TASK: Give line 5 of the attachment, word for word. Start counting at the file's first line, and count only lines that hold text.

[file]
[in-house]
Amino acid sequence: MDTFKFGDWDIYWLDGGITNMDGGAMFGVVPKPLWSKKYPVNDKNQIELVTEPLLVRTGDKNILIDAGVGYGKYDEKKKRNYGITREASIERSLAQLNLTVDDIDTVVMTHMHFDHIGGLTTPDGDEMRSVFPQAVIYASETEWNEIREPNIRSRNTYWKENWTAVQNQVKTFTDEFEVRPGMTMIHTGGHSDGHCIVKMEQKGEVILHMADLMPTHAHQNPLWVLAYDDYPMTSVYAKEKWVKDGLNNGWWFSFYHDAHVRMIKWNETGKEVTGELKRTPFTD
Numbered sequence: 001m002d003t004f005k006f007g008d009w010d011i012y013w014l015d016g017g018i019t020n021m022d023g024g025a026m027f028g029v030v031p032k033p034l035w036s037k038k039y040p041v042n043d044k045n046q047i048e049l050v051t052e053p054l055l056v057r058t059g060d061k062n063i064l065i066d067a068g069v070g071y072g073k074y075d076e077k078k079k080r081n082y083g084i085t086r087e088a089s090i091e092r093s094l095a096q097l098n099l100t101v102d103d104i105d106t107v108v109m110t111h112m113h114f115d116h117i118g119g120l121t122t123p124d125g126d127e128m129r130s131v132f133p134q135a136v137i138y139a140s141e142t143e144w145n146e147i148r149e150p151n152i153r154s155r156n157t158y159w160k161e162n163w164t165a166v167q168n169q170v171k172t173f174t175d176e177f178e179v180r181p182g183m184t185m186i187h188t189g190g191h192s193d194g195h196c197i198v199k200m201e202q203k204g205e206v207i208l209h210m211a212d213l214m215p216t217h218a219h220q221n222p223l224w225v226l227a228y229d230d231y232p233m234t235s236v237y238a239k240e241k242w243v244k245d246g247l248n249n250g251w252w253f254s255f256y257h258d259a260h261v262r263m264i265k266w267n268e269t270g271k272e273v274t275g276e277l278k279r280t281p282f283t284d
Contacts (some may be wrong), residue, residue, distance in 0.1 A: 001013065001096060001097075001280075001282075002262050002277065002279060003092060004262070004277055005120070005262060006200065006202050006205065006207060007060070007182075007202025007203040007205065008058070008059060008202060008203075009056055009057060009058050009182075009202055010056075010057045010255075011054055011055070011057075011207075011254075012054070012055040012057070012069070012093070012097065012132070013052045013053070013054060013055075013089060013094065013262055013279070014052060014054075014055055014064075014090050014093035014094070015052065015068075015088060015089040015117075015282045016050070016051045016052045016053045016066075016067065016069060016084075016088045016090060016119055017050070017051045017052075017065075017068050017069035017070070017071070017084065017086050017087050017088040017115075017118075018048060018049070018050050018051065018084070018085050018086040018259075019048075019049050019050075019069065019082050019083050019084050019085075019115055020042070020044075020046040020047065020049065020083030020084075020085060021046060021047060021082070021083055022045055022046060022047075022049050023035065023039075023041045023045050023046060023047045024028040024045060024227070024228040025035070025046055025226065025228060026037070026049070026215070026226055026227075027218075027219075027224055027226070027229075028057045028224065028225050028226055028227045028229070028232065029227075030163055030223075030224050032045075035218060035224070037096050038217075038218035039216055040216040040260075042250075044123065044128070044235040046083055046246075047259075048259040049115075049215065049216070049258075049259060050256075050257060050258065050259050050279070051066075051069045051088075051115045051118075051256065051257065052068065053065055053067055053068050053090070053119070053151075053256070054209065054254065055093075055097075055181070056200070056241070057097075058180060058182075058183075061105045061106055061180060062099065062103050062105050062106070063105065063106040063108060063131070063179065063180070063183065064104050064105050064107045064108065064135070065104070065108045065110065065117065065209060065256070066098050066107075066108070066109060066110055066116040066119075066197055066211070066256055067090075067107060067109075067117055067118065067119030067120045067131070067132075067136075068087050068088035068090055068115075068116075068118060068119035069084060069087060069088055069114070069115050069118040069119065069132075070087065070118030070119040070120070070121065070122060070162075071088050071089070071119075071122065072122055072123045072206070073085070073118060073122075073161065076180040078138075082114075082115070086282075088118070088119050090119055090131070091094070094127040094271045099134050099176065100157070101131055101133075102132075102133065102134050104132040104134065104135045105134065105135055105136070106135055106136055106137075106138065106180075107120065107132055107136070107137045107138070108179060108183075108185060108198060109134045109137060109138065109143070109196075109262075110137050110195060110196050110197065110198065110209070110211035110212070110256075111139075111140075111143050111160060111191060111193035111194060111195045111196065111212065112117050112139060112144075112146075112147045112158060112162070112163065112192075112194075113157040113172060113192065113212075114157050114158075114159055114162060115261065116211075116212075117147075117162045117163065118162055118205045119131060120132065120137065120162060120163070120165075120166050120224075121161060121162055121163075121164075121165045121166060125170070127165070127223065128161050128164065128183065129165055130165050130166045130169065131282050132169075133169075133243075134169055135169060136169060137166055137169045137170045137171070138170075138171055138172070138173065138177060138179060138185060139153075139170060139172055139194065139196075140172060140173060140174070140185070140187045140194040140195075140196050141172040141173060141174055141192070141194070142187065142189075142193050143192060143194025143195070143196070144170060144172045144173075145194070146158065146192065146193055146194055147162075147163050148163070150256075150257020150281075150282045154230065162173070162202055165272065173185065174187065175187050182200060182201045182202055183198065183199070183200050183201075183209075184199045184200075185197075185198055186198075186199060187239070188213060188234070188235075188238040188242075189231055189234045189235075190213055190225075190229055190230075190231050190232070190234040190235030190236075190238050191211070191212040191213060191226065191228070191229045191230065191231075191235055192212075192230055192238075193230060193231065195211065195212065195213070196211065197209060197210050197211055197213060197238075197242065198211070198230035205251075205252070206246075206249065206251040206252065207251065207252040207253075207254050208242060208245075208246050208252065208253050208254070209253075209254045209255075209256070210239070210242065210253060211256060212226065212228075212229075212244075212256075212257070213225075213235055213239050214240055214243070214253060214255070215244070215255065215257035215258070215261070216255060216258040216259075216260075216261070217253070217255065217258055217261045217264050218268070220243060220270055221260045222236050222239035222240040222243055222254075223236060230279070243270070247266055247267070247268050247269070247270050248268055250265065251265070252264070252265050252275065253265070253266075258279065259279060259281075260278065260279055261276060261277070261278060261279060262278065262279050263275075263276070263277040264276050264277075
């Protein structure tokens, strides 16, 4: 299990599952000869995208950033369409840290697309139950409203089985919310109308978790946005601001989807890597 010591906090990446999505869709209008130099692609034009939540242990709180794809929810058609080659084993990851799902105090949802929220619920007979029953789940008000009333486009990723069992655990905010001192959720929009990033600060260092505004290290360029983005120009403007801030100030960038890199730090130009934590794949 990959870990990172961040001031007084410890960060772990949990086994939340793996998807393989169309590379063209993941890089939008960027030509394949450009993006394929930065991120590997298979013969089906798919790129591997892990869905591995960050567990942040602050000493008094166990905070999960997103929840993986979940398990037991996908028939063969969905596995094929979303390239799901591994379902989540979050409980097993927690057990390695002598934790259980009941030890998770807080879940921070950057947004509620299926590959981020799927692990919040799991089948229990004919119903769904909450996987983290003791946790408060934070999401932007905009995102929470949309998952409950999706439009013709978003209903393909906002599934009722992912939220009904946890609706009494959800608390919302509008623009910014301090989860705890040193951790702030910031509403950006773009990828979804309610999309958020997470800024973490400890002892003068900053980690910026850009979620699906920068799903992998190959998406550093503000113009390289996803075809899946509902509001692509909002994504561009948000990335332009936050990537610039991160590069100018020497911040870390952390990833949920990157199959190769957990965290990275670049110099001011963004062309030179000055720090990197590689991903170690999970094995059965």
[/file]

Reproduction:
């Protein structure tokens, strides 16, 4: 299990599952000869995208950033369409840290697309139950409203089985919310109308978790946005601001989807890597 010591906090990446999505869709209008130099692609034009939540242990709180794809929810058609080659084993990851799902105090949802929220619920007979029953789940008000009333486009990723069992655990905010001192959720929009990033600060260092505004290290360029983005120009403007801030100030960038890199730090130009934590794949 990959870990990172961040001031007084410890960060772990949990086994939340793996998807393989169309590379063209993941890089939008960027030509394949450009993006394929930065991120590997298979013969089906798919790129591997892990869905591995960050567990942040602050000493008094166990905070999960997103929840993986979940398990037991996908028939063969969905596995094929979303390239799901591994379902989540979050409980097993927690057990390695002598934790259980009941030890998770807080879940921070950057947004509620299926590959981020799927692990919040799991089948229990004919119903769904909450996987983290003791946790408060934070999401932007905009995102929470949309998952409950999706439009013709978003209903393909906002599934009722992912939220009904946890609706009494959800608390919302509008623009910014301090989860705890040193951790702030910031509403950006773009990828979804309610999309958020997470800024973490400890002892003068900053980690910026850009979620699906920068799903992998190959998406550093503000113009390289996803075809899946509902509001692509909002994504561009948000990335332009936050990537610039991160590069100018020497911040870390952390990833949920990157199959190769957990965290990275670049110099001011963004062309030179000055720090990197590689991903170690999970094995059965």